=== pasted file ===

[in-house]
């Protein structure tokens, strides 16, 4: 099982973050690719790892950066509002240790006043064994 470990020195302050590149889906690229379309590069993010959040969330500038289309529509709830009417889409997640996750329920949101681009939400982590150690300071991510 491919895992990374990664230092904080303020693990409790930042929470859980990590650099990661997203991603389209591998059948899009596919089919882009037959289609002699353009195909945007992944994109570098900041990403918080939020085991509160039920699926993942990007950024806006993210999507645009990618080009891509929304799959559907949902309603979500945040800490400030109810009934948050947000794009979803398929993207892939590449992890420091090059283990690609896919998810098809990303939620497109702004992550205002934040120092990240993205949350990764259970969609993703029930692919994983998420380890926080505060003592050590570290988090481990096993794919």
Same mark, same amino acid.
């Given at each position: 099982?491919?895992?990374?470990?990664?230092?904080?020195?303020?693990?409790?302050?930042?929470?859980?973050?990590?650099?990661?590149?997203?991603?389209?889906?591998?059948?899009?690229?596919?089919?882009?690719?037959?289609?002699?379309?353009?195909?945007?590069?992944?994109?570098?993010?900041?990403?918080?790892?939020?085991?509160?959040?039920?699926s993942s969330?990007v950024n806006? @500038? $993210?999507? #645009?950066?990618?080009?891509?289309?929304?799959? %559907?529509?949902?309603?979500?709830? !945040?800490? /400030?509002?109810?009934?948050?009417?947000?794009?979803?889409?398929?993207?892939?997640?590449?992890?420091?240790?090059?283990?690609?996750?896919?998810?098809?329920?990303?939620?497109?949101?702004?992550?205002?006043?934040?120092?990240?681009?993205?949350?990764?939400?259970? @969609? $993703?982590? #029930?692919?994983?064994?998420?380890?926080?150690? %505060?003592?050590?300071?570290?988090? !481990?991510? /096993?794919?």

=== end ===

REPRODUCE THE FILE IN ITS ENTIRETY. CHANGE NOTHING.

[in-house]
């Protein structure tokens, strides 16, 4: 099982973050690719790892950066509002240790006043064994 470990020195302050590149889906690229379309590069993010959040969330500038289309529509709830009417889409997640996750329920949101681009939400982590150690300071991510 491919895992990374990664230092904080303020693990409790930042929470859980990590650099990661997203991603389209591998059948899009596919089919882009037959289609002699353009195909945007992944994109570098900041990403918080939020085991509160039920699926993942990007950024806006993210999507645009990618080009891509929304799959559907949902309603979500945040800490400030109810009934948050947000794009979803398929993207892939590449992890420091090059283990690609896919998810098809990303939620497109702004992550205002934040120092990240993205949350990764259970969609993703029930692919994983998420380890926080505060003592050590570290988090481990096993794919």
Same mark, same amino acid.
């Given at each position: 099982?491919?895992?990374?470990?990664?230092?904080?020195?303020?693990?409790?302050?930042?929470?859980?973050?990590?650099?990661?590149?997203?991603?389209?889906?591998?059948?899009?690229?596919?089919?882009?690719?037959?289609?002699?379309?353009?195909?945007?590069?992944?994109?570098?993010?900041?990403?918080?790892?939020?085991?509160?959040?039920?699926s993942s969330?990007v950024n806006? @500038? $993210?999507? #645009?950066?990618?080009?891509?289309?929304?799959? %559907?529509?949902?309603?979500?709830? !945040?800490? /400030?509002?109810?009934?948050?009417?947000?794009?979803?889409?398929?993207?892939?997640?590449?992890?420091?240790?090059?283990?690609?996750?896919?998810?098809?329920?990303?939620?497109?949101?702004?992550?205002?006043?934040?120092?990240?681009?993205?949350?990764?939400?259970? @969609? $993703?982590? #029930?692919?994983?064994?998420?380890?926080?150690? %505060?003592?050590?300071?570290?988090? !481990?991510? /096993?794919?």